The Car and Truck Fleet and Leasing Management Magazine

Adaptive Cruise Control Lets Chrysler 300 Go With the Flow Automatically

September 26, 2006

AUBURN HILLS, MI – Offered for the first time on a Chrysler Group vehicle is Adaptive Cruise Control (ACC). This system allows the driver to set a specific following distance from other vehicles on the road, in addition to setting a cruising speed. Available on the 2007 Chrysler 300 Limited and Chrysler 300C, ACC detects vehicles in the Chrysler 300’s path, determines their speed, and automatically maintains a pre-set following distance by braking or accelerating.ACC increases the convenience of cruise control in light to moderate traffic conditions on highways and major roadways. The system allows the use of cruise control above 25 mph without the need for the driver to reset or adjust based on traffic flow. It is designed to detect a vehicle directly ahead within a distance of 328 feet and automatically adjusts the cruise-control speed to continue moving with traffic at a set distance. However, ACC is not designed to prevent collisions, will not react to a very slow or stopped vehicle, and will not bring the car to a complete stop. If the sensor does not detect a vehicle directly ahead, it functions as a standard cruise-control system, maintaining the designated speed. But when traffic speeds vary, ACC automatically adjusts to the speed of the vehicle ahead. ACC applies braking (up to 25 percent of the braking system as needed) and accelerates automatically to maintain the preset distance from the preceding vehicle.The system operates through the cruise-control lever, located on the left side of steering column.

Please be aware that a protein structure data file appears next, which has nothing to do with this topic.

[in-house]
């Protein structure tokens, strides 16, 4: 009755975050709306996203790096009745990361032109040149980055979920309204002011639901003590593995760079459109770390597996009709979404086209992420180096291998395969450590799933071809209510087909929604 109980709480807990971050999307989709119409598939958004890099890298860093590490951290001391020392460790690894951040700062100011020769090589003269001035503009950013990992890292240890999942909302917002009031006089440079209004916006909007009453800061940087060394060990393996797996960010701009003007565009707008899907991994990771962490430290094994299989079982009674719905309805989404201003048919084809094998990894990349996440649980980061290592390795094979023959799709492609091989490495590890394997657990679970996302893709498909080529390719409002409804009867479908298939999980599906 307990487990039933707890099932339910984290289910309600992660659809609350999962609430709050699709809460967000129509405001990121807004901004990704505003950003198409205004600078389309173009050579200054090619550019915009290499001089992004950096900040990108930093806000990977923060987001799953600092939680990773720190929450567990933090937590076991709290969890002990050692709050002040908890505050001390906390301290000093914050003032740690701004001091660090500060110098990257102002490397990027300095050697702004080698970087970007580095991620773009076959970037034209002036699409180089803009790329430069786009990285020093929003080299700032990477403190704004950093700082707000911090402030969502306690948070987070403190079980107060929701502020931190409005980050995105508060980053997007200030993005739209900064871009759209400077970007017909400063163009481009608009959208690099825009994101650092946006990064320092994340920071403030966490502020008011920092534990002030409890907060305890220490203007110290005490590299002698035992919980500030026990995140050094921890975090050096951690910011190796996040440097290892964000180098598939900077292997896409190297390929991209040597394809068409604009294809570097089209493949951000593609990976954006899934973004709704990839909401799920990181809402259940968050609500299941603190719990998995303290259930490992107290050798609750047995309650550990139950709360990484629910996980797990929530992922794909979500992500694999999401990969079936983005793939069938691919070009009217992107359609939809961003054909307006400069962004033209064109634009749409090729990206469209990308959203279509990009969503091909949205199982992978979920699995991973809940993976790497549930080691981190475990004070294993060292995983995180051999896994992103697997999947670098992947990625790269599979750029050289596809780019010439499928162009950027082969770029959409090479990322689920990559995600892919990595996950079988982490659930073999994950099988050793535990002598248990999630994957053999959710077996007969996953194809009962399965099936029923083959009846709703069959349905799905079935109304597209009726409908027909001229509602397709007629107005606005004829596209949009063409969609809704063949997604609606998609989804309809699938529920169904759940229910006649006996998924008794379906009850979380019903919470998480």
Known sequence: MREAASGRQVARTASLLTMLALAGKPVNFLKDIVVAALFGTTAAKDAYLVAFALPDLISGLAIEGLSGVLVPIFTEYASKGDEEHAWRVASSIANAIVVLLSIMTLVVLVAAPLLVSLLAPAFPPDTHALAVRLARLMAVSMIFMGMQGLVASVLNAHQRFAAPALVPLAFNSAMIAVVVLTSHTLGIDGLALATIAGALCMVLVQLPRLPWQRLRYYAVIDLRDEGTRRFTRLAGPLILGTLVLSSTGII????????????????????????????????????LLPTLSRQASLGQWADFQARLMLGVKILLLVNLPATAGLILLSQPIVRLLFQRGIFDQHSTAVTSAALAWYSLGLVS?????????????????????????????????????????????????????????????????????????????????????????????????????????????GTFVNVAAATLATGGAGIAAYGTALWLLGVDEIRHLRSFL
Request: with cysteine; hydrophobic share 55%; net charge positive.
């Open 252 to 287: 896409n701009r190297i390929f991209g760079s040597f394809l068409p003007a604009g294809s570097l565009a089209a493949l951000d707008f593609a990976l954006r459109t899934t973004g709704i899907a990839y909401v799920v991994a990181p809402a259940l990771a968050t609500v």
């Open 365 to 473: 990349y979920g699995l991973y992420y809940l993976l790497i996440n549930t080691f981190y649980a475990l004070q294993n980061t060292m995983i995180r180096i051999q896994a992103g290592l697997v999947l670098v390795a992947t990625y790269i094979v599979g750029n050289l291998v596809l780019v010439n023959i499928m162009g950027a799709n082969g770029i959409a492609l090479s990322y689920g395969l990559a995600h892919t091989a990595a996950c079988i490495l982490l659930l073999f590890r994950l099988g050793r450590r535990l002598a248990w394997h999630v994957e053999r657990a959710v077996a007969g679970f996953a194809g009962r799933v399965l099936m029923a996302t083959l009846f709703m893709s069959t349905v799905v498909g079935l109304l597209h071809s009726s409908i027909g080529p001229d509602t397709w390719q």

Twitter Facebook Google+


Please note that comments may be moderated. 
Leave this field empty:

Fleet Incentives

Determine the actual cost of owning and running a vehicle in your fleet. Compare vehicles by class and model.


Fleet Faq Fuel Management

Bernie Kanavagh from WEX will answer your questions and challenges

View All


Fleet Tracking And Telematics

Todd Ewing from Fleetmatics will answer your questions and challenges

View All


Fleet Management And Leasing

Merchants Experts will answer your questions and challenges

View All


Sponsored by

In 1918, the Dartnell Corp. of Chicago published its first survey of business car allowances, practices and controls.

Read more

Up Next

More From The World's Largest Fleet Publisher